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, 25 (19), 4628-37

A Streptococcal Protease That Degrades CXC Chemokines and Impairs Bacterial Clearance From Infected Tissues

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A Streptococcal Protease That Degrades CXC Chemokines and Impairs Bacterial Clearance From Infected Tissues

Carlos Hidalgo-Grass et al. EMBO J.

Abstract

Group A Streptococcus (GAS) causes the life-threatening infection in humans known as necrotizing fasciitis (NF). Infected subcutaneous tissues from an NF patient and mice challenged with the same GAS strain possessed high bacterial loads but a striking paucity of infiltrating polymorphonuclear leukocytes (PMNs). Impaired PMN recruitment was attributed to degradation of the chemokine IL-8 by a GAS serine peptidase. Here, we use bioinformatics approach coupled with target mutagenesis to identify this peptidase as ScpC. We show that SilCR pheromone downregulates scpC transcription via the two-component system-SilA/B. In addition, we demonstrate that in vitro, ScpC degrades the CXC chemokines: IL-8 (human), KC, and MIP-2 (both murine). Furthermore, using a murine model of human NF, we demonstrate that ScpC, but not the C5a peptidase ScpA, is an essential virulence factor. An ScpC-deficient mutant is innocuous for untreated mice but lethal for PMN-depleted mice. ScpC degrades KC and MIP-2 locally in the infected skin tissues, inhibiting PMN recruitment. In conclusion, ScpC represents a novel GAS virulence factor functioning to directly inactivate a key element of the host innate immune response.

Figures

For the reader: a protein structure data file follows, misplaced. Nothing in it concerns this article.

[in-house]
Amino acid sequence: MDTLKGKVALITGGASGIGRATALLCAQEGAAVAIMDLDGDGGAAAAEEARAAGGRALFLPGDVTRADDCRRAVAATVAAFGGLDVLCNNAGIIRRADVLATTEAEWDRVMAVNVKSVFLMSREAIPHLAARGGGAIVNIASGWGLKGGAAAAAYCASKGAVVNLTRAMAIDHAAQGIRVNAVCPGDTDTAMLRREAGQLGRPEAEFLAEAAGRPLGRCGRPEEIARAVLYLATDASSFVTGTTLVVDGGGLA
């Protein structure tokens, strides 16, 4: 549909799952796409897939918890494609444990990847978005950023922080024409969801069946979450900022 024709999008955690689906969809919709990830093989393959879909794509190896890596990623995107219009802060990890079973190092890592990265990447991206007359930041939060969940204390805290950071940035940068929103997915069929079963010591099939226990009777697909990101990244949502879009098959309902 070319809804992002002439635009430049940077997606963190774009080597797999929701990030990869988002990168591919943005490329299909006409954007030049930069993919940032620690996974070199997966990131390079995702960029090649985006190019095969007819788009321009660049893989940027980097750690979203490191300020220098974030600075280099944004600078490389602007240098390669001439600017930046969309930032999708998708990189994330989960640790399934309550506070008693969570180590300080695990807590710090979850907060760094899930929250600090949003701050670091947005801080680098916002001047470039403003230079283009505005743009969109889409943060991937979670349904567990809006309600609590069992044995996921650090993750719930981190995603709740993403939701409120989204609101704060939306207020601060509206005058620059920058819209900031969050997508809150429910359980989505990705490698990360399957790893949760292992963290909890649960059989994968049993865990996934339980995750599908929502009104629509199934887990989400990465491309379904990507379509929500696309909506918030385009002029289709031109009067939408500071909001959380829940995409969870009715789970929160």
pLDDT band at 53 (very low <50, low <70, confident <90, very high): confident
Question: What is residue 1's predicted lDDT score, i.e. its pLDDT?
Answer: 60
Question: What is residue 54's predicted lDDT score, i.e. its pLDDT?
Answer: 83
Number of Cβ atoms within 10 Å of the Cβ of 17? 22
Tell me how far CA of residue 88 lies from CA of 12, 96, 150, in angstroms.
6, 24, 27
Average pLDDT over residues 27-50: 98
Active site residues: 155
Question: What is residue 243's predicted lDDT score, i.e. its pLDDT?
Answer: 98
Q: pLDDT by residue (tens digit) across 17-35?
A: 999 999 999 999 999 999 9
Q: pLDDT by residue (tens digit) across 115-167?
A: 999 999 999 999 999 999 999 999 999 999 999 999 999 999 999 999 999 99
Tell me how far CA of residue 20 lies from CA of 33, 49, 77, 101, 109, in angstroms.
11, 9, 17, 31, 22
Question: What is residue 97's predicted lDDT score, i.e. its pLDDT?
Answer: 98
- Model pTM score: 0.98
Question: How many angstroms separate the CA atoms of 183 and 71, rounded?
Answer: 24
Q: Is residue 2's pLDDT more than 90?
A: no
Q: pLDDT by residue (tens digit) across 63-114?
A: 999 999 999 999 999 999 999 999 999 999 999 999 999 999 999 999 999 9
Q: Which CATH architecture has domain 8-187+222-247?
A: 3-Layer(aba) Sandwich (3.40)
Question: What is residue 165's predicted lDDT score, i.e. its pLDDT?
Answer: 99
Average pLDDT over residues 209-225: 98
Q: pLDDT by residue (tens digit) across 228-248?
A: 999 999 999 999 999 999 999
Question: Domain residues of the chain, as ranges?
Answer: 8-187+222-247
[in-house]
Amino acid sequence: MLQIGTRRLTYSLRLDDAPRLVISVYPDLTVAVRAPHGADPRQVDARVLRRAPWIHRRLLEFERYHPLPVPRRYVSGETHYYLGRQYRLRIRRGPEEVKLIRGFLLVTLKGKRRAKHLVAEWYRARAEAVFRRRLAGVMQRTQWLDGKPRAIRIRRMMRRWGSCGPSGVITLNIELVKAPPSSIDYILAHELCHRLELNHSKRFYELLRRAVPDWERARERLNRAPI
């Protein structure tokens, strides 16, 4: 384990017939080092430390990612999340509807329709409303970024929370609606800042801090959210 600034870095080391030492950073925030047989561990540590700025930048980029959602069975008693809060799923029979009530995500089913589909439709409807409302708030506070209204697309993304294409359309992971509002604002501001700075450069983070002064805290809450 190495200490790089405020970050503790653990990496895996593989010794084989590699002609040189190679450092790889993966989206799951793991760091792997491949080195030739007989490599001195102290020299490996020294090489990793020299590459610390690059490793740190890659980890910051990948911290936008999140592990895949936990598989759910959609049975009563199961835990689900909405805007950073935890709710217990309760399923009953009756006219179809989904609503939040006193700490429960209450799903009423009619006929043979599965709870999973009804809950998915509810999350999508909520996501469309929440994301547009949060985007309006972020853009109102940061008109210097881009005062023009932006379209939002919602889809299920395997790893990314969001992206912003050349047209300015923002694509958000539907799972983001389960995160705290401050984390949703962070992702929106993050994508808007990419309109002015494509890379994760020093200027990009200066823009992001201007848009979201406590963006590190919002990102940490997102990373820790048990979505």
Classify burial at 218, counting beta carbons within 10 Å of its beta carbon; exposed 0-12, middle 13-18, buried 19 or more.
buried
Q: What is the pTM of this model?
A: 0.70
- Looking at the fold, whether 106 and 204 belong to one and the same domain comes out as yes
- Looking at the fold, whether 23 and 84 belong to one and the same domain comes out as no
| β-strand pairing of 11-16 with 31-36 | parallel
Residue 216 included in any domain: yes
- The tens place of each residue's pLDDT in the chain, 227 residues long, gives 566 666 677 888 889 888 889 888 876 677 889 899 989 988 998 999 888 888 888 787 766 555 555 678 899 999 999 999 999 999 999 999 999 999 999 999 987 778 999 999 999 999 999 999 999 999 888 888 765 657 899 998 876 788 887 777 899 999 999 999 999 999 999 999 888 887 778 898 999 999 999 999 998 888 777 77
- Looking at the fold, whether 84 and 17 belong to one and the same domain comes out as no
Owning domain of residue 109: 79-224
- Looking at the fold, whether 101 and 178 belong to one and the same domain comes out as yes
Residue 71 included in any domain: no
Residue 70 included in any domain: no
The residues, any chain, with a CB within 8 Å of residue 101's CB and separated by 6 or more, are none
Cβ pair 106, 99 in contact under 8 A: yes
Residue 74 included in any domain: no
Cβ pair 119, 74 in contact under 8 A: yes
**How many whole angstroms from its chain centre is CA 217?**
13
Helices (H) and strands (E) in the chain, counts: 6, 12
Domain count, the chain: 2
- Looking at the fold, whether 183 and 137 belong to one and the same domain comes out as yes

Figure 1
Figure 1
Identification of ScpC as a putative IL-8 protease. (A) The effect of SilCR on the transcription of GAS serine peptidase. The abundance of the indicated serine peptidase transcripts relative to that of gyrA was determined by real-time RT–PCR in RNA derived from WT grown to OD of 0.4 at 600 nm in the absence (clear bars) or presence (shaded bars) of SilCR (10 μg/ml). The values are mean obtained from analysis in duplicate of three independent RNA samples. Error bars represent standard deviation (s.d.). SilCR downregulates the transcription of scpC. P<0.001 (Student's test). (B) Genomic arrangement and domain organization of ScpC. Upper panel: The arrows depict the identified ORFs and their direction of transcription. The 5′ and 3′ EcoRV sites at positions 1801 and 2554 bp from the beginning of scpC were used to replace the internal scpA coding sequence with Ωkm2. spy0421 encodes a product of 236 aa with no homology to characterized proteins. Lower panel: The map of the motifs identified in the predicted sequence of ScpC includes the following: the pre-pro (PP) domain (residues 1–123) containing the signal sequence (residues 1–34) depicted as an arrow, protease domain (PR) (residues 124–688) containing Asp, His, and Ser forming the catalytic triad; the A domain (residues 689–1128) and the B/H domain (residues 1129–1560), the cell wall domain (W) (residues 1561–1613), the cell wall anchor domain (AN) (residues 1613–1647), and the LPxTG motif starting at residue 1613. The DNA region removed by the EcoRV digestion contains a segment of 251 aa (hatched) including Ser617 of the catalytic triad.
Figure 2
Figure 2
ScpC significantly contributes to virulence in the murine model of GAS necrotizing soft tissue infections. (A) Inactivation of scpC but not of scpA abolished lethality of GAS. Mice were injected subcutaneously with 1 × 108 CFU of WT (formula image n=32), ΔscpA (formula image n=31), and ΔscpAscpC (formula image n=28) and survival was monitored daily. The Kaplan–Meier analysis performed on five different experiments shows P<0.001 for ΔscpAscpC versus WT or versus ΔscpA and P>0.05 for WT versus ΔscpA (log rank (Mantel–Cox) test). (B) Weight change in control mice (•) and mice challenged with 1 × 108 CFU of WT (♦), ΔscpA (▪), and ΔscpAscpC (▴). Experiments were repeated five times with similar results. (C) Mean total lesion size (cm2). Mice were injected with 1 × 108 CFU of WT (♦ n=9), ΔscpA (▪ n=15), and ΔscpAscpC (▴ n=9), photographed daily, and the area was calculated using ImageJ software. Error bars represent s.d. WT and ΔscpA versus ΔscpAscpC P<0.05 (Student's test) for time points 1 and 2 and P<0.001 (Student's test) for time points 3 and 4. WT versus ΔscpA P>0.05 (Student's test) at all time points.
Figure 3
Figure 3